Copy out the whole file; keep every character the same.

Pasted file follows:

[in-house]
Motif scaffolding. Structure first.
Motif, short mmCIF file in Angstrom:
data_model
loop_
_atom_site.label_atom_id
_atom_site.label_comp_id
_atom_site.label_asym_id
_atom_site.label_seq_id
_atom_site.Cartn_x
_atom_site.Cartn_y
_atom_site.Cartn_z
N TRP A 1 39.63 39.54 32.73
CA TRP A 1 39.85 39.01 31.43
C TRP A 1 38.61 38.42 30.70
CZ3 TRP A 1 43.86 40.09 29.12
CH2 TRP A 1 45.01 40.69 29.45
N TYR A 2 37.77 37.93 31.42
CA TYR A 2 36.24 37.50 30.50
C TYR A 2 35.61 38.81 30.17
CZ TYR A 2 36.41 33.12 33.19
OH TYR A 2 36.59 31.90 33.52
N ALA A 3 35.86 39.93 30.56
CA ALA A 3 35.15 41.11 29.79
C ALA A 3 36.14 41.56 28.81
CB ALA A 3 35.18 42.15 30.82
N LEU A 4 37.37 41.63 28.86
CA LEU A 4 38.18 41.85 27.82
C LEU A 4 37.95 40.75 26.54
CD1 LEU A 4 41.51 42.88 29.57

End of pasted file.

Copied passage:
[in-house]
Motif scaffolding. Structure first.
Motif, short mmCIF file in Angstrom:
data_model
loop_
_atom_site.label_atom_id
_atom_site.label_comp_id
_atom_site.label_asym_id
_atom_site.label_seq_id
_atom_site.Cartn_x
_atom_site.Cartn_y
_atom_site.Cartn_z
N TRP A 1 39.63 39.54 32.73
CA TRP A 1 39.85 39.01 31.43
C TRP A 1 38.61 38.42 30.70
CZ3 TRP A 1 43.86 40.09 29.12
CH2 TRP A 1 45.01 40.69 29.45
N TYR A 2 37.77 37.93 31.42
CA TYR A 2 36.24 37.50 30.50
C TYR A 2 35.61 38.81 30.17
CZ TYR A 2 36.41 33.12 33.19
OH TYR A 2 36.59 31.90 33.52
N ALA A 3 35.86 39.93 30.56
CA ALA A 3 35.15 41.11 29.79
C ALA A 3 36.14 41.56 28.81
CB ALA A 3 35.18 42.15 30.82
N LEU A 4 37.37 41.63 28.86
CA LEU A 4 38.18 41.85 27.82
C LEU A 4 37.95 40.75 26.54
CD1 LEU A 4 41.51 42.88 29.57